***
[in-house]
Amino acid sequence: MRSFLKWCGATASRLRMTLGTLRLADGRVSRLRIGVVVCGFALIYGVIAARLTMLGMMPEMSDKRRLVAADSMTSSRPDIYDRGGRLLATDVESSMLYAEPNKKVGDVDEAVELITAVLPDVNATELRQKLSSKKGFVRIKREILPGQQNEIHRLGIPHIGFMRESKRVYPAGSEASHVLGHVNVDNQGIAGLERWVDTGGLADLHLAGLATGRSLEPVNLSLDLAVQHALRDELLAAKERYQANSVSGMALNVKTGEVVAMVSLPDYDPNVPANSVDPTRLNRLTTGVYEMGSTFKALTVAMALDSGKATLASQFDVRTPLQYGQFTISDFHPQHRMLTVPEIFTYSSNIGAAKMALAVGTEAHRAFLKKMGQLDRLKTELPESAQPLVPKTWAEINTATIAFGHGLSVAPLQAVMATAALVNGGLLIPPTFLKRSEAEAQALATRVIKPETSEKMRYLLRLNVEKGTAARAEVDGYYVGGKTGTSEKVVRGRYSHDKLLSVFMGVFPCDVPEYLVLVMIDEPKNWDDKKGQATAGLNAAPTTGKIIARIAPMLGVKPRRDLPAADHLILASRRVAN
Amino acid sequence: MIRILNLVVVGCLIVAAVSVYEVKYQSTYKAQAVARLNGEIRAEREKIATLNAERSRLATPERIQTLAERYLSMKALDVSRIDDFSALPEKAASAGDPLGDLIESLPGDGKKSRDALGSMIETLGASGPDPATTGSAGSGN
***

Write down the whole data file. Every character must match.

[in-house]
Amino acid sequence: MRSFLKWCGATASRLRMTLGTLRLADGRVSRLRIGVVVCGFALIYGVIAARLTMLGMMPEMSDKRRLVAADSMTSSRPDIYDRGGRLLATDVESSMLYAEPNKKVGDVDEAVELITAVLPDVNATELRQKLSSKKGFVRIKREILPGQQNEIHRLGIPHIGFMRESKRVYPAGSEASHVLGHVNVDNQGIAGLERWVDTGGLADLHLAGLATGRSLEPVNLSLDLAVQHALRDELLAAKERYQANSVSGMALNVKTGEVVAMVSLPDYDPNVPANSVDPTRLNRLTTGVYEMGSTFKALTVAMALDSGKATLASQFDVRTPLQYGQFTISDFHPQHRMLTVPEIFTYSSNIGAAKMALAVGTEAHRAFLKKMGQLDRLKTELPESAQPLVPKTWAEINTATIAFGHGLSVAPLQAVMATAALVNGGLLIPPTFLKRSEAEAQALATRVIKPETSEKMRYLLRLNVEKGTAARAEVDGYYVGGKTGTSEKVVRGRYSHDKLLSVFMGVFPCDVPEYLVLVMIDEPKNWDDKKGQATAGLNAAPTTGKIIARIAPMLGVKPRRDLPAADHLILASRRVAN
Amino acid sequence: MIRILNLVVVGCLIVAAVSVYEVKYQSTYKAQAVARLNGEIRAEREKIATLNAERSRLATPERIQTLAERYLSMKALDVSRIDDFSALPEKAASAGDPLGDLIESLPGDGKKSRDALGSMIETLGASGPDPATTGSAGSGN